That progressive activists are targeting Christian education is no longer news. Christian colleges including Gordon in Massachusetts and King’s in New York have endured ideologically-driven accreditation investigations. Christian groups including InterVarsity have been challenged and sometimes de-recognized on secular campuses. Nor is ideological animus against the transmission of religious ideas limited to higher education alone. Consider the purposiveness with which some progressive standard-bearers now attack, of all things, homeschooling — that is, the practice now adopted by millions of American families for educating children outside of government institutions.
Here as elsewhere in our examination of anti-Christian soldiers, the first salient fact is that progressive activists even have a lockstep position against homeschooling, rather than a diversity of views. Here as elsewhere, diversity is a thin word — whereas the thick reality of intolerance is something very different.
For while “homeschooling” is the ostensible target, what irks today’s activists most is that the majority of homeschooled children are in Christian families. Homeschooling is one more lightning rod for the peculiarly intense hostility radiating from supposedly progressive quadrants.
Consider a 2012 article at Slate, forthrightly titled “Liberals, Don’t Homeschool Your Kids: Why Teaching Children at Home Violates Progressive Values.” Or this tendentious phrasing from a 2015 piece at Salon:
Religion as child abuse has, of course, always formed the mainstay of faith. A desire to indoctrinate the unsuspecting young in faith’s dark, lurid dogmas before science, reason, and the enlightening joys of secularism take over and help them mature into healthy adults has for decades motivated a controversial homeschooling movement afflicting some 2.5 million children in the United States. … Homeschooling amounts to allowing the faith-deranged to infect their young with their disorder.
Obviously, an implied double standard is at work here. If other parents around America were following a curriculum laden with some of progressivism’s greatest hits—say, via a canon that included works by Arthur Miller, Richard Hofstadter, Richard Dawkins, Christopher Hitchens, and Philip Pullman—it’s safe to bet that civil libertarians would be defending the right of those parents to educate their children as they see fit. But if instead you’re poring over classics of Judeo-Christianity at the kitchen table, then charges of undermining public education—even society itself—will be thrown your way. Homeschooling must be assaulted, so runs the ideological reasoning, because it’s something Christians do.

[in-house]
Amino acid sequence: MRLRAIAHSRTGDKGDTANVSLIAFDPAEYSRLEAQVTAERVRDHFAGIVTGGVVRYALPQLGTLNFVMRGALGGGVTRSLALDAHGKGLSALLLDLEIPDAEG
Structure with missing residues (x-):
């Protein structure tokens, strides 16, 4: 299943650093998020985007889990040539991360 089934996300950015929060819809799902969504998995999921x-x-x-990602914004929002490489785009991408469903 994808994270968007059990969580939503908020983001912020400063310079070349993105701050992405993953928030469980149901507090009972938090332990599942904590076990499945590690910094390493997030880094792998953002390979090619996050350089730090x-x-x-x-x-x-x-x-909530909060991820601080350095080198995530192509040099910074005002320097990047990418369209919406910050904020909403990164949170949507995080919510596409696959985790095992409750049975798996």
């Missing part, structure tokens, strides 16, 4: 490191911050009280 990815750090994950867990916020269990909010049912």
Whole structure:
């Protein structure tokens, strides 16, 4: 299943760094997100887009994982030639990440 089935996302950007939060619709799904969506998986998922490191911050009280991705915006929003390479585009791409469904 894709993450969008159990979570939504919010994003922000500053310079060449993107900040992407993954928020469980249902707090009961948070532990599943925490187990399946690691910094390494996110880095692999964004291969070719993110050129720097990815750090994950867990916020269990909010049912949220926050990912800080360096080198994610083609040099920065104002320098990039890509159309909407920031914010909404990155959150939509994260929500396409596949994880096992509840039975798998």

Thus Richard Dawkins, among other new atheists, has repeatedly attacked the right of parents to school their children, by likening religious education to “child abuse.” Nor is faith-based education outside the home acceptable, either; Dawkins has made a documentary against religious schools. Bill Maher, similarly, has attacked former Senator Rick Santorum’s practice of homeschooling as “the Christian madrassa that is the family living room.” A homeschooler cannot even be named to a state education board, as happened in Texas in 2015, without objection from somewhere on the supposedly more tolerant side of the spectrum.
There is scholarly literature aimed against homeschooling, too — not on the grounds that homeschooling is academically inadequate, but for the specific reason that it’s done by Christians.